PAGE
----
I have left it soldered on at one end so it's easy to switch back and forth. Obviously a switch would be even better (cue email to LCD manufacturer to consider updating their design).

This design is now proven on both 5V (RAMPS) and 3.3V (Duet etc) electronics:

PanelOne 2.1 with RAMPS

PanelOne 2.1 with Duet

The connection to the Duet is still made with single pin connectors and the RepRap Firmware does not yet support an LCD screen although the community (and me!) are working on it.

As always our designs are open hardware (CERN OHL 1.2) - the latest KiCAD files are available on our Github. In addition the updated case is also shared in STL and OpenSCAD on github.

We will be using the PanelOne v 2.1 circuit board in our Kossel Mini kits once our current stocks of 5V-only PanelOne boards are used up. In addition we have listed variations on the webstore, where you can choose the 5V only version or the 3.3V version (which you can adapt to 5V using the resistor de-soldering method outlined above).

Tuesday, 5 August 2014

Kossel Mini - Heated Bed

We are finally ready to release the Heated bed kits for the Kossel Mini. It has taken a bit of time to confirm our preferred design and source the components in bulk. We have been running two test printers for almost two months now with this solution and will be writing to those who have already bought a kit shortly to offer them the upgrade first (as promised!).

Heated Bed

After investigating a number of options (PCB, Silicone heater, kapton heater on borosilicate glass, kapton heater on aluminium plate) we went for a Kapton heater on an aluminium plate.

The heater is rated at 10 A, giving an output of 120W at 12V, and supplied complete with a MF58104F3950 thermistor taped to the centre of the aluminium plate (thermistor table  on chirpy's blog.  Wires are prepared for fitting to RAMPS. We have run these heaters continuously at 125ÂșC for 24 hours on our Kossel prototypes without any problems, and find that they heat up significantly faster than standard PCB heatbeds because of the higher power density (6kW/m2 vs 3kW/m2)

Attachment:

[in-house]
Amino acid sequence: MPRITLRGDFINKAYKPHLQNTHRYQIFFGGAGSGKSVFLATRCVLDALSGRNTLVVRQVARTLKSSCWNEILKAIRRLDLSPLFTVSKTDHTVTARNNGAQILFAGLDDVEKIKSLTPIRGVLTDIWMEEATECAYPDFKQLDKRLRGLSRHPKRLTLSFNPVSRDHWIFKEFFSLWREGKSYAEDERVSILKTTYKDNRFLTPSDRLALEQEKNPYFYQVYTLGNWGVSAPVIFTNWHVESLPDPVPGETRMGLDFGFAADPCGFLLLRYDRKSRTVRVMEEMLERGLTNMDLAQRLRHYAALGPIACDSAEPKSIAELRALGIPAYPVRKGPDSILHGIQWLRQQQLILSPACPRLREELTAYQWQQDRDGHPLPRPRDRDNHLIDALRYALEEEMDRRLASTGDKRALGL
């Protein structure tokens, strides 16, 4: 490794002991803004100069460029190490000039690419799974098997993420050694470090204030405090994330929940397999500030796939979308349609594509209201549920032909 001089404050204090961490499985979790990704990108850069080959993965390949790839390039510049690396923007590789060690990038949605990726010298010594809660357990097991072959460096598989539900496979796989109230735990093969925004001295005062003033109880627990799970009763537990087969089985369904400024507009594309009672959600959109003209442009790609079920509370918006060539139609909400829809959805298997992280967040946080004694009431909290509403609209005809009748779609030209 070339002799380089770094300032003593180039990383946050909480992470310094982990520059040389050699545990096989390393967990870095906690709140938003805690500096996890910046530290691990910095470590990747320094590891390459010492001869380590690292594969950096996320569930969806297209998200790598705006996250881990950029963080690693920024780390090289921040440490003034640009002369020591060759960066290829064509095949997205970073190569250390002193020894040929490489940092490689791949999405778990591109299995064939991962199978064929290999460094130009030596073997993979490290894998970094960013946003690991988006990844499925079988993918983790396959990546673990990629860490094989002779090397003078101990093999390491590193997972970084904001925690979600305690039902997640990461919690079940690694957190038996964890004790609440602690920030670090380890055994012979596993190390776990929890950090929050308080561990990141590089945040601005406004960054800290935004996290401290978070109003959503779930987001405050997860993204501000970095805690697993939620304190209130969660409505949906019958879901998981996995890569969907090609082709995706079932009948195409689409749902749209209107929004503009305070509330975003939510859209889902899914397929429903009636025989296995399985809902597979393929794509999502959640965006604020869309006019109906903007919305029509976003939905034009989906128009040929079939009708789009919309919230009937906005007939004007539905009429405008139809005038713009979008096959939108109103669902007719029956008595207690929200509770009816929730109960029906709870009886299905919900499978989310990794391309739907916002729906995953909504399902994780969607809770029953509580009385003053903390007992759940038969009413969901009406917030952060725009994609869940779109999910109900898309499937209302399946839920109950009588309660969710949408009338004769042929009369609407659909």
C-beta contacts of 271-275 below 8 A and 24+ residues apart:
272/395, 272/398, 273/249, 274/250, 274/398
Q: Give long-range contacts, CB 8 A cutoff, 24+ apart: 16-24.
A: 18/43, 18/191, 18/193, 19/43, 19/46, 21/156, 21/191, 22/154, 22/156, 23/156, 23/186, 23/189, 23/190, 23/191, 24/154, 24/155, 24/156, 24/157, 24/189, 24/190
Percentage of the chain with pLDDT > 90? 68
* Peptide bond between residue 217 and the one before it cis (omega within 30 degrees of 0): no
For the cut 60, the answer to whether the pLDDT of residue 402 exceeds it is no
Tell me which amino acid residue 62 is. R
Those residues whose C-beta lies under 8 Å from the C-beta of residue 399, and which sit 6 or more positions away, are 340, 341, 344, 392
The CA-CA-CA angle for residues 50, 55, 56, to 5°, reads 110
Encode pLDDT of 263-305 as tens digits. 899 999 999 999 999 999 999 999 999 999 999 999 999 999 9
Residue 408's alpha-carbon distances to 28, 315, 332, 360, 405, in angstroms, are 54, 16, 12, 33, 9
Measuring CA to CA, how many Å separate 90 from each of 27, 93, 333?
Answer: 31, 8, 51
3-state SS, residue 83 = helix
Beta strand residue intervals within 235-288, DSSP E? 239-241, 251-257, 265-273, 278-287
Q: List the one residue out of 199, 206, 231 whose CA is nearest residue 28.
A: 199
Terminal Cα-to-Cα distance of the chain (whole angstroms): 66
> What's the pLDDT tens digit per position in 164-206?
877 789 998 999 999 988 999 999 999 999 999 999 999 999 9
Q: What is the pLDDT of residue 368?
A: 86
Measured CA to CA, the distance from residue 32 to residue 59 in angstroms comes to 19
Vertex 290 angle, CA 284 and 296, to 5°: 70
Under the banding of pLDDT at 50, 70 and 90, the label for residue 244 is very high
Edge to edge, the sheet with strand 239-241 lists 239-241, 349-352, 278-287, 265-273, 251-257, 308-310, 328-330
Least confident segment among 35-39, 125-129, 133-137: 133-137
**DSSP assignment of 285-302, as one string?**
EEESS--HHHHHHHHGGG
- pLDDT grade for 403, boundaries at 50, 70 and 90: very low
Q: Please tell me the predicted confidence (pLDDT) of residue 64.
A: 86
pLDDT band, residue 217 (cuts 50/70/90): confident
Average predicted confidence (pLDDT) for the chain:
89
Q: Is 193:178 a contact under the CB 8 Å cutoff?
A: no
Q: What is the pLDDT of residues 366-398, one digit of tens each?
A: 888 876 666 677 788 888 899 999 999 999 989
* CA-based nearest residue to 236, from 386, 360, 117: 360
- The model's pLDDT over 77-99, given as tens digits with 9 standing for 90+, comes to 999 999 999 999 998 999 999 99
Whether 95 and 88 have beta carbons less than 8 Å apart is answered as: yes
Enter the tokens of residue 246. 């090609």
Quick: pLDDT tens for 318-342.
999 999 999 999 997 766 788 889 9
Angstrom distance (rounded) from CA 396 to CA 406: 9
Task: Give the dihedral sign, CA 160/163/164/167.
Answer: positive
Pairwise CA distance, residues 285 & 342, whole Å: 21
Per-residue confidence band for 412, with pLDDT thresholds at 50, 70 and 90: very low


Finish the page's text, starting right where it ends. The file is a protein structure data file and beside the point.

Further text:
The aluminium plate acts as an excellent heat spreader for the Kapton heater and is easier to mount than borosilicate glass as it can be drilled and countersunk.

This is mounted in a "sandwich" with an aluminium-foil-tape covered cardboard insulator below (thanks to nophead for this design of heat insulator from the mendel 90).

This allows for various print surfaces to be clipped onto the aluminium plate, e.g; mirror glass with glue stick for PLA, Tufnol for nylon 618 or mirror glass with ABS juice or kapton for ABS. Best of all you can use multiple mirror plates plates to quickly swap on a new one while the other one cools.

In order to keep the electronics cool we have added a fan under the heated bed, complete with splitter cable:

And redesigned the bed mounts and z-probe retractor:

In order to power the bed we decided to add a second, 10A, laptop power supply:

And a matching second socket to the USB/Power plug plate. Because some customers have decided to use an ATX or similar power supply to power the printer and the heated bed, the second 10A power supply will be an optional extra in the kits.

The Mini Kossel Documentation has been updated to describe how to fit the heatbed either during initial build or as an upgrade. It's straight forward (mostly described by the pictures above).


The T3P3 github has a slightly updated version of Marlin that we distributed with the kits so far, to include a thermistor table for the heated bed thermistor (number 11)

There are a few of things to consider when calibrating; the bed is now higher by ~10mm, and different bed (and nozzle) temperatures will lead to slightly different  Z = 0 positions due to thermal expansion. For example with a cold bed and cold hotend the Z-height was ~0.2mm lower that with a 80C bed and 225C nozzle.

The easiest way to handle this is to carry out the calibration steps (as described in my previous blog post) with the bed and hotend cold. Once the bed is level and there is no doming then you can measure the difference between Z = 0 on a cold bed and with the bed and nozzle at the centre print temperature for various materials. I measured my test printer with the heatbed between 60C and 110C and the hotend between 185C and 240C and there was <0.1mm of difference in Z height: all were ~0.2mm above the cold bed height.

I used the standard method of a piece of paper as a feeler gauge under the nozzle, stepping down by 0.1mm in Pronterface until I could feel the nozzle dragging. Be careful not to burn yourself on the hot bed! Once you have confirmed the difference (probably 0.2mm) then edit configuration.h :

#define MANUAL_Z_HOME_POS = 238.4 //cold = 238.6

and re-upload Marlin.

Z-probe retractor

The Z probe retract position will have slightly changed in X and Y and gone up in Z due to the new Z-Probe retractor

The documentation describes how to modify the Z-probe retract position in Marlin to compensate.

Extruder steps for different materials

Another thing to consider is that when using different materials, the extruder hobbed insert will bite into the filament more or less, changing the exact extruder steps per mm. With our standard mini extruder we use ~650 steps/mm for PLA. I found the following for different materials on a test printer: